‘Sociologists shouldn’t have to study statistics’: Epistemology and anxiety of statistics in sociology students

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Worry about learning maths and statistics has been widely researched internationally but very little of this work has focussed on sociology. It is well documented that sociology students can be reluctant to engage with statistical methods. This article provides an exploration of the relationship between anxiety of statistics and its antecedents in sociology students. The analyses presented are based upon data collected from over 30 universities in the UK and is the most comprehensive sample of its type. The primary aim of this article is to analyse whether the perceived epistemological legitimacy of statistics, among sociology students, is associated with reported statistics anxiety. The results show that epistemological legitimacy is highly associated with reported statistics anxiety. Confidence in maths is also strongly associated with statistics anxiety. The implications of acknowledging these and other pedagogical issues in teaching quantitative research methods are complex and layered. Measures capturing whether students accept the epistemological legitimacy of statistical methods should be routinely incorporated in research examining statistics anxiety.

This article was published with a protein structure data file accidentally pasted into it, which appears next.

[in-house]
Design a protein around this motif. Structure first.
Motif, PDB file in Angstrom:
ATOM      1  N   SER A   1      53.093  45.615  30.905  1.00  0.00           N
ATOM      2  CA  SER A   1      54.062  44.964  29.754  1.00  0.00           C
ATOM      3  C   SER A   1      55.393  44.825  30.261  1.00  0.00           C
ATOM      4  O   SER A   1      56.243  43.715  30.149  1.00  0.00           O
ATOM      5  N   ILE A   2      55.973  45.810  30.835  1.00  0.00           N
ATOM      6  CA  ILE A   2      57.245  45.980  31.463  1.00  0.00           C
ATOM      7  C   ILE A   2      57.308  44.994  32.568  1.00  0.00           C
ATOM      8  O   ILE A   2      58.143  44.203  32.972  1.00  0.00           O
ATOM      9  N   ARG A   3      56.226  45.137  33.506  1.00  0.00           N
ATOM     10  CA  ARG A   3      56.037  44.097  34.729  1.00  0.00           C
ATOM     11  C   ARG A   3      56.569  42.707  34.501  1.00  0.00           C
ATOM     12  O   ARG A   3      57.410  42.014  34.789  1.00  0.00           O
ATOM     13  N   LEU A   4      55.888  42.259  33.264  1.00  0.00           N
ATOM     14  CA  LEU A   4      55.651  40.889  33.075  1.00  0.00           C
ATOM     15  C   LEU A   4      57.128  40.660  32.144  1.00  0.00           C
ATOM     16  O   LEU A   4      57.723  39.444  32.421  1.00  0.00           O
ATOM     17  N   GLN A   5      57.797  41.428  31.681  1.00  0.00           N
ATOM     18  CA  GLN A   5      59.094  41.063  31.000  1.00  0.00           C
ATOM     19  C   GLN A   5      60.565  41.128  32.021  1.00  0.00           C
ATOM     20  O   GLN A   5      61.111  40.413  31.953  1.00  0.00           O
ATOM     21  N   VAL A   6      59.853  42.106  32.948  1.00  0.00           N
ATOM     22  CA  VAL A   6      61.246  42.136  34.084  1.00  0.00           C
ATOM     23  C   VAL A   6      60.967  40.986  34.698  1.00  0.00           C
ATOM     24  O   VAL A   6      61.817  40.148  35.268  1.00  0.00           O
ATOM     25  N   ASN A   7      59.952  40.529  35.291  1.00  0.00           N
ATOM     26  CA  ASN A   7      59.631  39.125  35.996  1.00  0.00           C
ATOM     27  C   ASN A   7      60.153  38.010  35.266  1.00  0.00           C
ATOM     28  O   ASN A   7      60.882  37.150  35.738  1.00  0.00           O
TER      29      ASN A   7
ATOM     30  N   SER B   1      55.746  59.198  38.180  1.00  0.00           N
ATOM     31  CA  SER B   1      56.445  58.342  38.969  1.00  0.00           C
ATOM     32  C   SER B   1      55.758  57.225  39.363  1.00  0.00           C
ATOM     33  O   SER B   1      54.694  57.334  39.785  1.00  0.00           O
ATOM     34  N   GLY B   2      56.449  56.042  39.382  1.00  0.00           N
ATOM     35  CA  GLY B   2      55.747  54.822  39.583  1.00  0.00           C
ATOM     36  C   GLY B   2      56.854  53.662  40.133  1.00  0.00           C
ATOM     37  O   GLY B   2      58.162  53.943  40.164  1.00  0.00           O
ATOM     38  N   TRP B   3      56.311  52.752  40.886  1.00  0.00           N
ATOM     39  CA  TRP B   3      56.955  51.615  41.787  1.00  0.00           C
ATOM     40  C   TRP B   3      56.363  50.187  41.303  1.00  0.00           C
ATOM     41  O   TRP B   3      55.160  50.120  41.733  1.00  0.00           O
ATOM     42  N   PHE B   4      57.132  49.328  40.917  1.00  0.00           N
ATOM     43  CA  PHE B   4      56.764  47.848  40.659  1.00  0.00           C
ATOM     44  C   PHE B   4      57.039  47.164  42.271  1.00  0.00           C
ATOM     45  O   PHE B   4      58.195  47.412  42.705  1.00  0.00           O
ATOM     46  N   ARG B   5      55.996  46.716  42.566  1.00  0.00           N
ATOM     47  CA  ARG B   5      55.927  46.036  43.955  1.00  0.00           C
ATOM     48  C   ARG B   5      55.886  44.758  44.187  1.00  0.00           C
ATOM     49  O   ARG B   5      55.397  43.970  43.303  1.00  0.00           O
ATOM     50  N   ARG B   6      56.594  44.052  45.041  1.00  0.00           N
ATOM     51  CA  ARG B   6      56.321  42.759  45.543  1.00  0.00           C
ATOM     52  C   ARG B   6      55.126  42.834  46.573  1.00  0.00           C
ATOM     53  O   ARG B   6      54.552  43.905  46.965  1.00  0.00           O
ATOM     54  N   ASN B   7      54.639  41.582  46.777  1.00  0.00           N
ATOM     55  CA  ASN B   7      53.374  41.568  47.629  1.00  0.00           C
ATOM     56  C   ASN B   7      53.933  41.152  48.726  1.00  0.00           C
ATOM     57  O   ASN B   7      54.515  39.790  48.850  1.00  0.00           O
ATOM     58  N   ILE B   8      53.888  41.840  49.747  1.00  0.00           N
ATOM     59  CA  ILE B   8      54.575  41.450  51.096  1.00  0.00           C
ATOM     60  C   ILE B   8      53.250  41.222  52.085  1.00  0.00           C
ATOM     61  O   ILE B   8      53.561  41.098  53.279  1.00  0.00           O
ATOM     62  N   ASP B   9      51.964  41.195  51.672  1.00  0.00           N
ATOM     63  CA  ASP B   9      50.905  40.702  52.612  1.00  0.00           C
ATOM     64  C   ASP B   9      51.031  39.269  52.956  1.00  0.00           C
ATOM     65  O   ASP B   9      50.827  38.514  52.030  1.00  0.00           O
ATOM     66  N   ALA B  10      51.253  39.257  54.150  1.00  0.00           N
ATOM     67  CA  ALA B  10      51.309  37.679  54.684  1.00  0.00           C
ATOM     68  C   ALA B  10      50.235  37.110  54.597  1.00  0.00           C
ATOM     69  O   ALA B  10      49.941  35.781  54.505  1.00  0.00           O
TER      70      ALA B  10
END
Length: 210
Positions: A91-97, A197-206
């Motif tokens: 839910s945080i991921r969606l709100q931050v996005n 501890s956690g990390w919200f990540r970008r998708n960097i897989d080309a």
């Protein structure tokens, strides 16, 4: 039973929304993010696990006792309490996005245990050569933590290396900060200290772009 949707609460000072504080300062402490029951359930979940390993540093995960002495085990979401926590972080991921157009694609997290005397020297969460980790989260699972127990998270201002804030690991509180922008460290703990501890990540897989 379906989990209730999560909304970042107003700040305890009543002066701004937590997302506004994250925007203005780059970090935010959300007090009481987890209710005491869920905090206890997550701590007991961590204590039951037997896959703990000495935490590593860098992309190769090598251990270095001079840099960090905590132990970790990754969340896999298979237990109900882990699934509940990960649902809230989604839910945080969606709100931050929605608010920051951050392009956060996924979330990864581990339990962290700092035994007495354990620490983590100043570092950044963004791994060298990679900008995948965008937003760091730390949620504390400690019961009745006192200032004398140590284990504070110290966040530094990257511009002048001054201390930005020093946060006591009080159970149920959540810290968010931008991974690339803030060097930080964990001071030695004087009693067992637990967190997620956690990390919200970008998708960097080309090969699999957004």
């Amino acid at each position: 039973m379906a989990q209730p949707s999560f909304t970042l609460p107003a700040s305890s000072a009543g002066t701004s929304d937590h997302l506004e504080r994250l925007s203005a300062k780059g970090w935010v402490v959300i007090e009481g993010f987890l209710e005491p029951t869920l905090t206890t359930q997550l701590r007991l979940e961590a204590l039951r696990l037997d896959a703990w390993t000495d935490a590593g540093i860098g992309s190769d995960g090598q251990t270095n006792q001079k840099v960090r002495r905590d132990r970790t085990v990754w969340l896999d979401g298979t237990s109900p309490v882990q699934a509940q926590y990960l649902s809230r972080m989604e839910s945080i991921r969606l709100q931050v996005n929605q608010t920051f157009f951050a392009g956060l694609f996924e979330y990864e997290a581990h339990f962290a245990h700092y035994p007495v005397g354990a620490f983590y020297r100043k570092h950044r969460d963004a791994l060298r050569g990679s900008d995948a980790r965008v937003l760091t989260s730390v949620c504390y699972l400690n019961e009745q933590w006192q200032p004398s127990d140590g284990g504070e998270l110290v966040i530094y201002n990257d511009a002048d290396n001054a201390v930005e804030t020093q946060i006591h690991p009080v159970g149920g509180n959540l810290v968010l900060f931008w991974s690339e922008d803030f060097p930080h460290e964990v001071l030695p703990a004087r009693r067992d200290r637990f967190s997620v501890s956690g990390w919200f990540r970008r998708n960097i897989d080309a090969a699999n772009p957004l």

Original languageEnglish
Pages (from-to)219-235
Number of pages17
JournalSociological Research Online
Issue number2
Early online date19 Dec 2019
Publication statusPublished - 1 Jun 2020


  • anxiety
  • epistemology
  • methods
  • quantitative
  • sociology
  • statistics
  • teaching


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